Ducey’s executive order also asked the Department of Public Safety (DPS) to issue a protocol around how law enforcement agencies handle fully autonomous vehicles—ones without a “safety driver”—in the event of a crash. According to a DPS spokesperson, the department is still working on a protocol for law enforcement interaction with autonomous vehicles, in partnership with the Arizona Department of Transportation, industry, and law enforcement stakeholders.

With such a high-tech vehicle involved in the incident, there will be plenty more data available to determine exactly what went wrong, why the car made an error, and ideally, what can be fixed to prevent it from happening again. If it was the sensors that indeed failed, the data should include information beyond what humans are able to see in a video.

The National Transportation Safety Board (NTSB) has sent a small team of investigators to Arizona to gather information about the Uber crash. According to a press release, the investigation will examine the “vehicle’s interaction with the environment, other vehicles and vulnerable road users such as pedestrians and bicyclists. ”

There may also be an opportunity to change the way self-driving cars interact with pedestrians. Carol Reiley, co-founder of Drive. AI, a company developing systems to help driverless cars share the streets with pedestrians and cyclists, told Curbed that car designers need to create “a car with a personality”—one that has the language to send sophisticated signals about intent, as well as recognize intent in others.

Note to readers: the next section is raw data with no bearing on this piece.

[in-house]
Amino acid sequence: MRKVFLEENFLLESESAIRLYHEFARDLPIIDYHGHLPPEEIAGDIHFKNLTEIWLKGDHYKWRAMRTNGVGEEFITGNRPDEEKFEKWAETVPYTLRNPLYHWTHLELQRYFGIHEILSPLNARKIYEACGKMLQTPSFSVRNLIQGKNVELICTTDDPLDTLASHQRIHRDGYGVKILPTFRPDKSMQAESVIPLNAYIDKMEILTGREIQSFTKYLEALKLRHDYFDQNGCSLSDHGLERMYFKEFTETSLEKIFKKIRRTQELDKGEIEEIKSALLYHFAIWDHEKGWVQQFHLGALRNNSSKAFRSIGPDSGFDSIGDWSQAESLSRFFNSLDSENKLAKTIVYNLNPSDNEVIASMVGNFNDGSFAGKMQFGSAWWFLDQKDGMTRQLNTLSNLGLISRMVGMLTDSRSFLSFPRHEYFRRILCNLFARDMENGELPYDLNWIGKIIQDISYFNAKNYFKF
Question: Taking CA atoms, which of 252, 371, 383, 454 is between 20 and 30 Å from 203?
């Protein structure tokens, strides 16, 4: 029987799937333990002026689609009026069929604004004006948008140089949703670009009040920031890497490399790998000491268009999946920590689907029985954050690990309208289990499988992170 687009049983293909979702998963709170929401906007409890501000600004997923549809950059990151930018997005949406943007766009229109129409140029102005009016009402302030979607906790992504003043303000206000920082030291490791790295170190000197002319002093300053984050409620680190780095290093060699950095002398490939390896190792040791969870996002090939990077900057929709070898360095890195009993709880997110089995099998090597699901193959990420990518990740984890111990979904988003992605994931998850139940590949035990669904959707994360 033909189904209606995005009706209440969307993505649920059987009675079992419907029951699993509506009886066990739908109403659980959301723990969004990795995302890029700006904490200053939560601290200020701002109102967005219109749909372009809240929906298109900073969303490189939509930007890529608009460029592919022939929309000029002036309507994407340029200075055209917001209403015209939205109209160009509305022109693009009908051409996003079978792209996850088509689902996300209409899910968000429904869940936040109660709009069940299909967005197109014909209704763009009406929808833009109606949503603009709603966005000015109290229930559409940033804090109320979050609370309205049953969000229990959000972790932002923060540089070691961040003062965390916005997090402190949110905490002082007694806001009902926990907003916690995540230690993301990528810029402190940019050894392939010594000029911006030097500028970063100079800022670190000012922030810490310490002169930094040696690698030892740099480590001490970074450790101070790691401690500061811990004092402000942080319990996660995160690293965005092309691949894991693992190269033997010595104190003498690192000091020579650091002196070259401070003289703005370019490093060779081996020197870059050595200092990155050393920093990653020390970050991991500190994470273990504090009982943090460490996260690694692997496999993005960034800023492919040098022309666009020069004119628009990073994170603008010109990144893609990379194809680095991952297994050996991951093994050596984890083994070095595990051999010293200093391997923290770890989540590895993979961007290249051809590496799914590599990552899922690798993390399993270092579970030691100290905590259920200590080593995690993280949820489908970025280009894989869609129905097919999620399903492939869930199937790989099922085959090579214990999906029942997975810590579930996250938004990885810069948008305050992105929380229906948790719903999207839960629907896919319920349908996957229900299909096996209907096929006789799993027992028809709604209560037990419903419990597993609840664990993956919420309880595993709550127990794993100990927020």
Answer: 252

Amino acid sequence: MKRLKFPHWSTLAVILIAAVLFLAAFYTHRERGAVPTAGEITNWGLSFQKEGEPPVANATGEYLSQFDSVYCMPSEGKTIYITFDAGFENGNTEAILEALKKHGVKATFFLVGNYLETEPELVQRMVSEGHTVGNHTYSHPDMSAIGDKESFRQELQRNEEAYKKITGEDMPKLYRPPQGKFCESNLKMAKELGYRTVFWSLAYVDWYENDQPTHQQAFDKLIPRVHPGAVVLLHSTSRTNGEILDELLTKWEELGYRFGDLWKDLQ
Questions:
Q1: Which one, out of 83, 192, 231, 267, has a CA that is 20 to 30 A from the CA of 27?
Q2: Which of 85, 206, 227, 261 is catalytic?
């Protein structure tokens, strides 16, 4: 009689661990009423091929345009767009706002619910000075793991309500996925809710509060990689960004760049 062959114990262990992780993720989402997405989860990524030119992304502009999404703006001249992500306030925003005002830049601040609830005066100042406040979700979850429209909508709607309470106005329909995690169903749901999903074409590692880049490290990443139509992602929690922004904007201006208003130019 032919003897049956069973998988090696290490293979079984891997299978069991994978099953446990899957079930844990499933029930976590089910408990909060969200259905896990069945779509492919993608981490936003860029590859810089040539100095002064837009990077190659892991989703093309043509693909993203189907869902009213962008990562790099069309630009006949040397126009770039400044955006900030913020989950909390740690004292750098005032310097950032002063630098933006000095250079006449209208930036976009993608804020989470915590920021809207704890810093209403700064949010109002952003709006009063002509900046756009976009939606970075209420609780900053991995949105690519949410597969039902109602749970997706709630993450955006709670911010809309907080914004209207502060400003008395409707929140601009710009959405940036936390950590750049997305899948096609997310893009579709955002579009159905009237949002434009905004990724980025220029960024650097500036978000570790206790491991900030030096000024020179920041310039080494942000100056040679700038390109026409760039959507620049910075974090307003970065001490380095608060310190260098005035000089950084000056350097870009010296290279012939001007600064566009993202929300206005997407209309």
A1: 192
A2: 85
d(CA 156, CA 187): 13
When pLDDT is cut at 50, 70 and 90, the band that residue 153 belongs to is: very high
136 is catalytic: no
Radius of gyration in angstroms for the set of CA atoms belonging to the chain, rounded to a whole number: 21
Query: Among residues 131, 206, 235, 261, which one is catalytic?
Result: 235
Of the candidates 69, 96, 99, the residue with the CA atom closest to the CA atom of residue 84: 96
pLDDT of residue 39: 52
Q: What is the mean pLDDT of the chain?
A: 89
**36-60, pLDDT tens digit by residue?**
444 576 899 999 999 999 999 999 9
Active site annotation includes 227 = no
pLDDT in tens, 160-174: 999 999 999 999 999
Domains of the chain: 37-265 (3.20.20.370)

”Humans always break the rules, ” said Reiley. “There’s a reason so many self-driving cars have been rear-ended on the road. They follow the rules too well, and don’t anticipate human behavior. ”

Uber’s self-driving technology was already noted to have trouble anticipating the movements of cyclists in San Francisco. When asked about yesterday’s Uber crash, Reiley had no comment.

In a statement about the crash released earlier today, National Association of City Transportation Officials (NACTO) executive director Linda Bailey echoed this sentiment that AV technology must be able to safely interact with all users of the street, no matter what the conditions: ”People on bikes, on foot, or exiting a parked car on the street, in or out of the crosswalk, at any time of day or night. ”

Last year, NACTO released a Blueprint for Autonomous Urbanism which encourages cities to use autonomous vehicles that travel no faster than 25 mph as a tool for making streets safer and more accessible. But NACTO also recommends that the vehicles be fully autonomous, with no opportunity for human intervention, which has been deemed safer by several groups, like the Self-Driving Coalition for Safer Streets.

“Responsible companies should support a safety standard and call for others to meet one as well, ” said Bailey. “We cannot afford for companies’ race-to-market to become a race-to-the-bottom for safety. ”

This story was first published on March 18 and has been updated with new information.